By Ian Ezinga
I have fond memories of my arrival in New York City and to the Brooklyn College campus. My first apartment was in a bustling “good Jewish neighborhood,” as my landlord described it. The college sported proud New Deal architecture, welcoming green spaces, and the biggest library in the entire borough. Within a few days in the apartment, I became readily acquainted with roach infestations, poor ventilation, mold, leaky pipes, and long overdue electric bills predating my move-in date. The campus, while certainly bearing more hearty fruits, also sulked in water damage, boiling halls, dysfunctional bathrooms, damaged windows, and insultingly vintage facilities throughout.
I moved out of that first apartment and moved on to a second one that was marginally better. Now, a slight mouse problem and spotty internet are my only complaints. My college’s campus, however, has been shrouded from me for well over a year. I don’t have very high hopes that the aforementioned problems will be solved before I return to campus. Considering CUNY’s previous inability to improve campus infrastructure, and looking at growing trends of virtual learning, it seems we are in store for the continued neglect of our physical spaces in favor of pumping out more degrees earned over the internet.
This might not sound like a terrible outcome to some readers, as there are certainly benefits to remote learning. The pandemic is, of course, the cause of this recent takeover. But as someone who has first-hand experience with just how bad online learning can be, and as someone who places tremendous value on engaging with my learning in person, I am horrified at the possibility of nearing generations losing access to what I believe education ought to be about – learning from others.
Being in a Zoom room where there are no cameras on, barely any discussion, and with an instructor who might be an overworked adjunct, a technologically inept veteran, or a graduate student who is taking on their first teaching challenge is hardly an environment to facilitate the best possible learning outcomes. But, and this is the important part, the aforementioned scenario is many thousands of dollars cheaper than holding that same class in person. We are charged the same amount, but we can’t get to know the other students, we lose much of our power in spurring meaningful engagement from professors and classmates, and at the end of the day, the classes are often nothing more than a video.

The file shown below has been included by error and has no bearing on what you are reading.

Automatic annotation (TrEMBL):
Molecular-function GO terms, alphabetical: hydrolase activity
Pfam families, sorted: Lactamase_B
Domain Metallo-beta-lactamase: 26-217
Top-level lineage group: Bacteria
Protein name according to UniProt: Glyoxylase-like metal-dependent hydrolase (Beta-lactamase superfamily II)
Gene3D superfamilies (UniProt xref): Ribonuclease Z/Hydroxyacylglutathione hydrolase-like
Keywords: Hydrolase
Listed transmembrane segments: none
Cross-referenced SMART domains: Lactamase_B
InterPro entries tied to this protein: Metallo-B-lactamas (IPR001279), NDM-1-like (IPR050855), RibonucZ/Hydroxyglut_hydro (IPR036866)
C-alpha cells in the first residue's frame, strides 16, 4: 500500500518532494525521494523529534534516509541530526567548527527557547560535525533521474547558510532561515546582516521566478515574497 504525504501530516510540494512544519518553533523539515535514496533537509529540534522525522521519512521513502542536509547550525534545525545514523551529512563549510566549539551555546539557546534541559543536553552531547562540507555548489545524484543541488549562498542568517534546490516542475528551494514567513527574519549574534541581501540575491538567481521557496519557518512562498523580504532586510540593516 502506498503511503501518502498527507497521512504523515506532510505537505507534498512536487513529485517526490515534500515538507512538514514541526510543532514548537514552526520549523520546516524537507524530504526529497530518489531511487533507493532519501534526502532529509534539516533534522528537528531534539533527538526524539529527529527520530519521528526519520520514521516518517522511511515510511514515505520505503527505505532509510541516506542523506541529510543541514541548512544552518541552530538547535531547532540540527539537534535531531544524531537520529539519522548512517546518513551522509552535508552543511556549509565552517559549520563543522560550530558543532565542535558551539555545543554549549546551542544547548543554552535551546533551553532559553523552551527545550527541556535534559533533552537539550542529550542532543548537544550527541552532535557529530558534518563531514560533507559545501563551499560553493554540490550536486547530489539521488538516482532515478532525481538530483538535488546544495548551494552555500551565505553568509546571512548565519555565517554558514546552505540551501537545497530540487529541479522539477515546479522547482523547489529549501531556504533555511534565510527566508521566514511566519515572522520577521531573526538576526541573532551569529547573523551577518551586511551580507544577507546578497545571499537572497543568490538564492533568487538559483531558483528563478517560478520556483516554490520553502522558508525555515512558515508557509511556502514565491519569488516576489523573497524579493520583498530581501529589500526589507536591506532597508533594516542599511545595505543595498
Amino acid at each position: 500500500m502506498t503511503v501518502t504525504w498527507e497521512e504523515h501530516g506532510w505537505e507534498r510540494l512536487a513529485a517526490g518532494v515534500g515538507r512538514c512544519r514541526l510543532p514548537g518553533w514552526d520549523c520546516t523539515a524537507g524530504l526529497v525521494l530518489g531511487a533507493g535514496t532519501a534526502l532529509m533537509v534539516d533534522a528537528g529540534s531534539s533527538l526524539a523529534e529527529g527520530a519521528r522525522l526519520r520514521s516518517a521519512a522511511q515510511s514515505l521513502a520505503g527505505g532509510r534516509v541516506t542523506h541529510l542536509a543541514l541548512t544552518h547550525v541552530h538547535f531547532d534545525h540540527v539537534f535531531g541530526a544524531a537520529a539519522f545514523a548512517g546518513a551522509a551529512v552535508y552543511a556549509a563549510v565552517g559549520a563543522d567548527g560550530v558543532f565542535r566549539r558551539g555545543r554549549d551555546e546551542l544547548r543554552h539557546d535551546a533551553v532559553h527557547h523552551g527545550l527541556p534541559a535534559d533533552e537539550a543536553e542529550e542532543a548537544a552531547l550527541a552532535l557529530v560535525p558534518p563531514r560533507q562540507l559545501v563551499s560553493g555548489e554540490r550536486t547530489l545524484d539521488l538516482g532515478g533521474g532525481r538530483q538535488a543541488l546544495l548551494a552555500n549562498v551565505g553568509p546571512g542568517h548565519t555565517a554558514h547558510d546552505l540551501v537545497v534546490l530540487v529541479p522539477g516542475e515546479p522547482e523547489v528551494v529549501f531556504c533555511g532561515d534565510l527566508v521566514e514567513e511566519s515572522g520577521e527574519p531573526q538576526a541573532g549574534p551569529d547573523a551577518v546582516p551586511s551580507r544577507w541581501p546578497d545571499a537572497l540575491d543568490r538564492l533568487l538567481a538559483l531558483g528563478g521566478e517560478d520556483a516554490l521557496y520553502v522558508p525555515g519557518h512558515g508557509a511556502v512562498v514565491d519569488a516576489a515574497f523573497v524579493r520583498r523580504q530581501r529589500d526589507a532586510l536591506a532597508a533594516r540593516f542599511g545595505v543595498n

Don’t get me wrong, I’ve had some pretty solid online experiences. But these pale in comparison to running into a professor in the hall, commiserating with classmates in the quad, or breathing fresh air after being stuck in Boylan Hall for an unusually dry lecture. These are the experiences that solidify our learning as students. We can all watch videos, type up comments, and unmute our mic to say “here,” or be the person to finally answer a professor’s question that is hanging in the air like a cloud of maple syrup. But what is really special about being a student: the excitement, the anxiety, and the feeling of leaving campus having learned something, or at least, tried to, is diminished to the brink of being lost entirely.
It should be clear by now that our experiences as students are not the top priority of CUNY. We must be explicit in our intentions to not just come back from the pandemic but do so by placing a new emphasis on the quality of our learning rather than shore up our facilities to further the trend of virtual education. There are well-meaning people in every corner of this world. But the history of CUNY paints a bleak picture of not fighting for funding, raising tuition, and giving more and more of the courses to grossly underpaid and inhumanely overworked adjuncts. These people are heroes, no doubt, but the quality of our education shouldn’t be dependent on their suffering.
In short, I fervently believe in the best possible quality of education for all students. A continuation of the trend we see in remote learning can be seen as nothing more than a detriment to students who hope to connect with their learning on a level beyond what they could obtain watching YouTube videos. While the pandemic certainly has given cause to this mode of education in the present, if we hold what we should value most, then we need to fight for CUNY to pay sufficient attention to the physical spaces that facilitate learning and, more importantly, to the people who are paying to learn something.